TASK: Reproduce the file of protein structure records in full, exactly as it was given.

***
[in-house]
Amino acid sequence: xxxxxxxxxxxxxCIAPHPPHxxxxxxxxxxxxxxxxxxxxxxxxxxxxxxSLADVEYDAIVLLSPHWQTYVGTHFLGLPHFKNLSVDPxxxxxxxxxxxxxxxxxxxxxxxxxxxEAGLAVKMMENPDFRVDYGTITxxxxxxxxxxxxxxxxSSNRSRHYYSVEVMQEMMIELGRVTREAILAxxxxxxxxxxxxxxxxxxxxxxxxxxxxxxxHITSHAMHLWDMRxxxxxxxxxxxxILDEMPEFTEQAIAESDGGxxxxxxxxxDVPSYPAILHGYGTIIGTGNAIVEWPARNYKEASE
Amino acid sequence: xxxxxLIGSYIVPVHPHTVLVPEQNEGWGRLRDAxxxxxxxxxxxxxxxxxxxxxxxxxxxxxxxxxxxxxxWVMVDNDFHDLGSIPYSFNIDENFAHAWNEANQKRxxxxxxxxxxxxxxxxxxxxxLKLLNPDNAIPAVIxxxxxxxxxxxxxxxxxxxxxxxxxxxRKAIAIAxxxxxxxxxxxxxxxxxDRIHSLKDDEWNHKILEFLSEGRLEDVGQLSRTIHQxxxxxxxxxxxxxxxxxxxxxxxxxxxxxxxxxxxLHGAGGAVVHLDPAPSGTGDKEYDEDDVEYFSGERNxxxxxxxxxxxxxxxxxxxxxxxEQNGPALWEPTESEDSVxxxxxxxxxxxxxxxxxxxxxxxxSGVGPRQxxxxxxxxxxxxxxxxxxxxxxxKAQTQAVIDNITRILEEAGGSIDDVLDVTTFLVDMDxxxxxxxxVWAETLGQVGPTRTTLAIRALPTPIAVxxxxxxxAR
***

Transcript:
[in-house]
Amino acid sequence: xxxxxxxxxxxxxCIAPHPPHxxxxxxxxxxxxxxxxxxxxxxxxxxxxxxSLADVEYDAIVLLSPHWQTYVGTHFLGLPHFKNLSVDPxxxxxxxxxxxxxxxxxxxxxxxxxxxEAGLAVKMMENPDFRVDYGTITxxxxxxxxxxxxxxxxSSNRSRHYYSVEVMQEMMIELGRVTREAILAxxxxxxxxxxxxxxxxxxxxxxxxxxxxxxxHITSHAMHLWDMRxxxxxxxxxxxxILDEMPEFTEQAIAESDGGxxxxxxxxxDVPSYPAILHGYGTIIGTGNAIVEWPARNYKEASE
Amino acid sequence: xxxxxLIGSYIVPVHPHTVLVPEQNEGWGRLRDAxxxxxxxxxxxxxxxxxxxxxxxxxxxxxxxxxxxxxxWVMVDNDFHDLGSIPYSFNIDENFAHAWNEANQKRxxxxxxxxxxxxxxxxxxxxxLKLLNPDNAIPAVIxxxxxxxxxxxxxxxxxxxxxxxxxxxRKAIAIAxxxxxxxxxxxxxxxxxDRIHSLKDDEWNHKILEFLSEGRLEDVGQLSRTIHQxxxxxxxxxxxxxxxxxxxxxxxxxxxxxxxxxxxLHGAGGAVVHLDPAPSGTGDKEYDEDDVEYFSGERNxxxxxxxxxxxxxxxxxxxxxxxEQNGPALWEPTESEDSVxxxxxxxxxxxxxxxxxxxxxxxxSGVGPRQxxxxxxxxxxxxxxxxxxxxxxxKAQTQAVIDNITRILEEAGGSIDDVLDVTTFLVDMDxxxxxxxxVWAETLGQVGPTRTTLAIRALPTPIAVxxxxxxxAR